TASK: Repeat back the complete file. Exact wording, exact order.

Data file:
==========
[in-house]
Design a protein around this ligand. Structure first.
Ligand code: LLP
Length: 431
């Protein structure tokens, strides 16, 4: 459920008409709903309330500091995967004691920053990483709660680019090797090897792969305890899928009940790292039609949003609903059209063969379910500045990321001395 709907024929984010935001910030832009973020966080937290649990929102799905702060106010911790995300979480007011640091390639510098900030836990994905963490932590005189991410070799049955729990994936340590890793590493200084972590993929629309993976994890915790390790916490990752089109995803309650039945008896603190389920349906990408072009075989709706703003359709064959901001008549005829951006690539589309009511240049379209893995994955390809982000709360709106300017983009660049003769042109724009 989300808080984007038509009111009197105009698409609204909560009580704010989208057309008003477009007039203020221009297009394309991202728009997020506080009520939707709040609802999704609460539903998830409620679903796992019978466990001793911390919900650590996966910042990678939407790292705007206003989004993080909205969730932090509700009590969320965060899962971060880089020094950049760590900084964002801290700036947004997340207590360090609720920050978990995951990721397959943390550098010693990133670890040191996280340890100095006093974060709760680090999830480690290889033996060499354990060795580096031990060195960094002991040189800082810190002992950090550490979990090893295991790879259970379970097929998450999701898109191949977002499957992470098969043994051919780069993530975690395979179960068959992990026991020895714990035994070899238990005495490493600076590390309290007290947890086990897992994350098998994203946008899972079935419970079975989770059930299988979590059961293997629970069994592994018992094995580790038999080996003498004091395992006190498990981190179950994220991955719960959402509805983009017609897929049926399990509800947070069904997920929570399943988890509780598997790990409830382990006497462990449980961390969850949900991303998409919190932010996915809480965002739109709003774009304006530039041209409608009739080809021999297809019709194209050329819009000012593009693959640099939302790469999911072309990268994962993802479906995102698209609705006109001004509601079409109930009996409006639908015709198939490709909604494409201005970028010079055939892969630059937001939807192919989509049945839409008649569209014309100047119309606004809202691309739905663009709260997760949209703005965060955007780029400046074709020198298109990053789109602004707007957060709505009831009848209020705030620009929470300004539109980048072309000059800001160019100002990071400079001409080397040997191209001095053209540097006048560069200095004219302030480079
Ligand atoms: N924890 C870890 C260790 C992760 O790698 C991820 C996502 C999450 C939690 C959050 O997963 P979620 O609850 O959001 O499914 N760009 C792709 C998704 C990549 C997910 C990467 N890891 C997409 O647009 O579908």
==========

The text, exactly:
[in-house]
Design a protein around this ligand. Structure first.
Ligand code: LLP
Length: 431
């Protein structure tokens, strides 16, 4: 459920008409709903309330500091995967004691920053990483709660680019090797090897792969305890899928009940790292039609949003609903059209063969379910500045990321001395 709907024929984010935001910030832009973020966080937290649990929102799905702060106010911790995300979480007011640091390639510098900030836990994905963490932590005189991410070799049955729990994936340590890793590493200084972590993929629309993976994890915790390790916490990752089109995803309650039945008896603190389920349906990408072009075989709706703003359709064959901001008549005829951006690539589309009511240049379209893995994955390809982000709360709106300017983009660049003769042109724009 989300808080984007038509009111009197105009698409609204909560009580704010989208057309008003477009007039203020221009297009394309991202728009997020506080009520939707709040609802999704609460539903998830409620679903796992019978466990001793911390919900650590996966910042990678939407790292705007206003989004993080909205969730932090509700009590969320965060899962971060880089020094950049760590900084964002801290700036947004997340207590360090609720920050978990995951990721397959943390550098010693990133670890040191996280340890100095006093974060709760680090999830480690290889033996060499354990060795580096031990060195960094002991040189800082810190002992950090550490979990090893295991790879259970379970097929998450999701898109191949977002499957992470098969043994051919780069993530975690395979179960068959992990026991020895714990035994070899238990005495490493600076590390309290007290947890086990897992994350098998994203946008899972079935419970079975989770059930299988979590059961293997629970069994592994018992094995580790038999080996003498004091395992006190498990981190179950994220991955719960959402509805983009017609897929049926399990509800947070069904997920929570399943988890509780598997790990409830382990006497462990449980961390969850949900991303998409919190932010996915809480965002739109709003774009304006530039041209409608009739080809021999297809019709194209050329819009000012593009693959640099939302790469999911072309990268994962993802479906995102698209609705006109001004509601079409109930009996409006639908015709198939490709909604494409201005970028010079055939892969630059937001939807192919989509049945839409008649569209014309100047119309606004809202691309739905663009709260997760949209703005965060955007780029400046074709020198298109990053789109602004707007957060709505009831009848209020705030620009929470300004539109980048072309000059800001160019100002990071400079001409080397040997191209001095053209540097006048560069200095004219302030480079
Ligand atoms: N924890 C870890 C260790 C992760 O790698 C991820 C996502 C999450 C939690 C959050 O997963 P979620 O609850 O959001 O499914 N760009 C792709 C998704 C990549 C997910 C990467 N890891 C997409 O647009 O579908």